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  1. On the subject of spies, traitors et al, if you’re as interested in the Secrets of Spies like John le Carré, Philby et al as we are you are going to love this non-promotional anecdote about real spies and authors from the espionage genre whether you’re a le Carré connoisseur, a Deighton disciple, a Fleming fanatic, a Herron hireling or a Macintyre marauder. If you don’t love all such things you might learn something so read on! It’s a must read for espionage cognoscenti.

    As Kim Philby (codename Stanley) and KGB Colonel Oleg Gordievsky (codename Sunbeam) would have told you in their heyday, there is one category of secret agent that is often overlooked … namely those who don’t know they have been recruited. For more on that topic we suggest you read Beyond Enkription (explained below) and a recent article on that topic by the ex-spook Bill Fairclough (codename JJ). The article can be found at TheBurlingtonFiles website in the News Section. The article (dated July 21, 2021) is about “Russian Interference”; it’s been read well over 20,000 times and is very current: just ask Donald and Boris.

    Now talking of Gordievsky, John le Carré described Ben Macintyre’s fact based novel, The Spy and The Traitor, as “the best true spy story I have ever read”. It was of course about Kim Philby’s Russian counterpart, a KGB Colonel named Oleg Gordievsky, codename Sunbeam. In 1974 Gordievsky became a double agent working for MI6 in Copenhagen which was when Bill Fairclough aka Edward Burlington unwittingly launched his career as a secret agent for MI6. Fairclough and le Carré knew of each other: le Carré had even rejected Fairclough’s suggestion in 2014 that they collaborate on a book. As le Carré said at the time, “Why should I? I’ve got by so far without collaboration so why bother now?” A realistic response from a famous expert in fiction in his eighties.

    Philby and Gordievsky never met Fairclough, but they did know Fairclough’s handler, Colonel Alan McKenzie aka Colonel Alan Pemberton CVO MBE. It is little wonder therefore that in Beyond Enkription, the first fact based novel in The Burlington Files espionage series, genuine double agents, disinformation and deception weave wondrously within the relentless twists and turns of evolving events. Beyond Enkription is set in 1974 in London, Nassau and Port au Prince. Edward Burlington, a far from boring accountant, unwittingly started working for Alan McKenzie in MI6 and later worked eyes wide open for the CIA.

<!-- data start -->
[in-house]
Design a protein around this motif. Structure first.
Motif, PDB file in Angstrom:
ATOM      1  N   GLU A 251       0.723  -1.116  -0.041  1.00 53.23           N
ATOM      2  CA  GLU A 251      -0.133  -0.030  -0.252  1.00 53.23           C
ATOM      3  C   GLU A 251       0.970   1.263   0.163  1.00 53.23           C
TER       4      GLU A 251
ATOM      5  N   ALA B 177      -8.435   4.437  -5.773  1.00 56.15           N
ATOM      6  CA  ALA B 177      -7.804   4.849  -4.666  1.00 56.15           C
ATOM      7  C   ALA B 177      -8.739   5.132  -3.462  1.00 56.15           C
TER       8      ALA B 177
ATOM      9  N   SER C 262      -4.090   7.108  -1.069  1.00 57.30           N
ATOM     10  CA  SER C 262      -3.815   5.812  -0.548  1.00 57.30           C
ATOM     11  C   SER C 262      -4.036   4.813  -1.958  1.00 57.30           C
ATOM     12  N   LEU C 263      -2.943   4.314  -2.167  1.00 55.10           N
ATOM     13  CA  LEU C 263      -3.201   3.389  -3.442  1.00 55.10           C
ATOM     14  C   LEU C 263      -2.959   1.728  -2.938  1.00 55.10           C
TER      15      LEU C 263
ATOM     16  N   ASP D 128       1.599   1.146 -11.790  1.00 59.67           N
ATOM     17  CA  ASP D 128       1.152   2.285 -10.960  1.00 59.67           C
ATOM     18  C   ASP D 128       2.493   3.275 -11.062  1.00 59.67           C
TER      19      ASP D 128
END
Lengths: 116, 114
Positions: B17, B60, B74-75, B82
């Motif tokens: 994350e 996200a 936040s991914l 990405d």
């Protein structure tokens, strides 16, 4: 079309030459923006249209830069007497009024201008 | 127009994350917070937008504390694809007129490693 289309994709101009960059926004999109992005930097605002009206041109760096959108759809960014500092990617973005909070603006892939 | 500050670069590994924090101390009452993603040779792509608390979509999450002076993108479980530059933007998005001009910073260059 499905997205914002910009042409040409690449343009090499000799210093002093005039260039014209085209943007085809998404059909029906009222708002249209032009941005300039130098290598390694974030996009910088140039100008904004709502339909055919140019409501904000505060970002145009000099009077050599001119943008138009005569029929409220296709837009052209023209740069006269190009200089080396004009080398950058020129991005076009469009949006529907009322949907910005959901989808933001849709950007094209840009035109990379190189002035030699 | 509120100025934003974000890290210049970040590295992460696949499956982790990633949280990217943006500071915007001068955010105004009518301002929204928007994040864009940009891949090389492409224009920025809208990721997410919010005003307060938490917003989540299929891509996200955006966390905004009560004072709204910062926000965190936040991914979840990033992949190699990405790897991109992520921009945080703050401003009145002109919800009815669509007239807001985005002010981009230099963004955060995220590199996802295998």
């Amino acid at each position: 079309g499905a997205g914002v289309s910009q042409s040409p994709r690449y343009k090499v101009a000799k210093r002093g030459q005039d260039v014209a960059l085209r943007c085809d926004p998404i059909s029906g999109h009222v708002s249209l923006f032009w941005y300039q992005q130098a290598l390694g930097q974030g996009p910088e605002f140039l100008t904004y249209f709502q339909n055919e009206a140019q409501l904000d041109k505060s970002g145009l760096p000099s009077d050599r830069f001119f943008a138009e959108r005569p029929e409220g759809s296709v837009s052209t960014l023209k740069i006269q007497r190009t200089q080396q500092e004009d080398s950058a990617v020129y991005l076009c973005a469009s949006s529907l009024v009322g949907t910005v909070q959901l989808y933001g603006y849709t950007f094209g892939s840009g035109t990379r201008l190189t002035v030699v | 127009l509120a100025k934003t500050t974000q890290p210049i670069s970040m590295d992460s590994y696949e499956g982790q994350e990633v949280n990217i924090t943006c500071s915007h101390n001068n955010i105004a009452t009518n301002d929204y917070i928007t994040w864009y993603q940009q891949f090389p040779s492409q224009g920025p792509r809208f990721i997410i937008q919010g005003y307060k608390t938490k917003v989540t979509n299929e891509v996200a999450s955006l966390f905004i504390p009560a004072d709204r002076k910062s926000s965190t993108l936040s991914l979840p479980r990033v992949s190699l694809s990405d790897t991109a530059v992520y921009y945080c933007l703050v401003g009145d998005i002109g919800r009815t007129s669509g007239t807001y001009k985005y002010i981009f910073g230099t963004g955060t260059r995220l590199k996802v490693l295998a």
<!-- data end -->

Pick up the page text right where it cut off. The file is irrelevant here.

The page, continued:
What happens is so exhilarating and bone chilling it makes one wonder why bother reading espionage fiction when facts are so much more breathtaking. The fact based novel begs the question, were his covert activities in Haiti a prelude to the abortion of a CIA sponsored Haitian equivalent to the Cuban Bay of Pigs? Why was his father Dr Richard Fairclough, ex MI1, involved? Richard was of course a confidant of British Prime Minister Harold Macmillan, who became a chief adviser to JFK during the Cuban missile crisis. So how did Greville Wynne and Oleg Penkovsky fit in? You may well want to ask John Profumo but it’s a tad late now!

    Len Deighton and Mick Herron could be forgiven for thinking they co-wrote the raw noir anti-Bond narrative, Beyond Enkription. Atmospherically it’s reminiscent of Ted Lewis’ Get Carter of Michael Caine fame. If anyone ever makes a film based on Beyond Enkription they’ll only have themselves to blame if it doesn’t go down in history as a classic espionage thriller.

    By the way, the maverick Bill Fairclough had quite a lot in common with Greville Wynne (famous for his part in helping to reveal Russian missile deployment in Cuba in 1962) and has also even been called “a posh Harry Palmer”. As already noted, Bill Fairclough and John le Carré (aka David Cornwell) knew of each other but only long after Cornwell’s MI6 career ended thanks to Kim Philby shopping all Cornwell’s supposedly secret agents in Europe. Coincidentally, the novelist Graham Greene used to work in MI6 reporting to Philby and Bill Fairclough actually stayed in Hôtel Oloffson during a covert op in Haiti (explained in Beyond Enkription) which was at the heart of Graham Greene’s spy novel The Comedians. Funny it’s such a small world!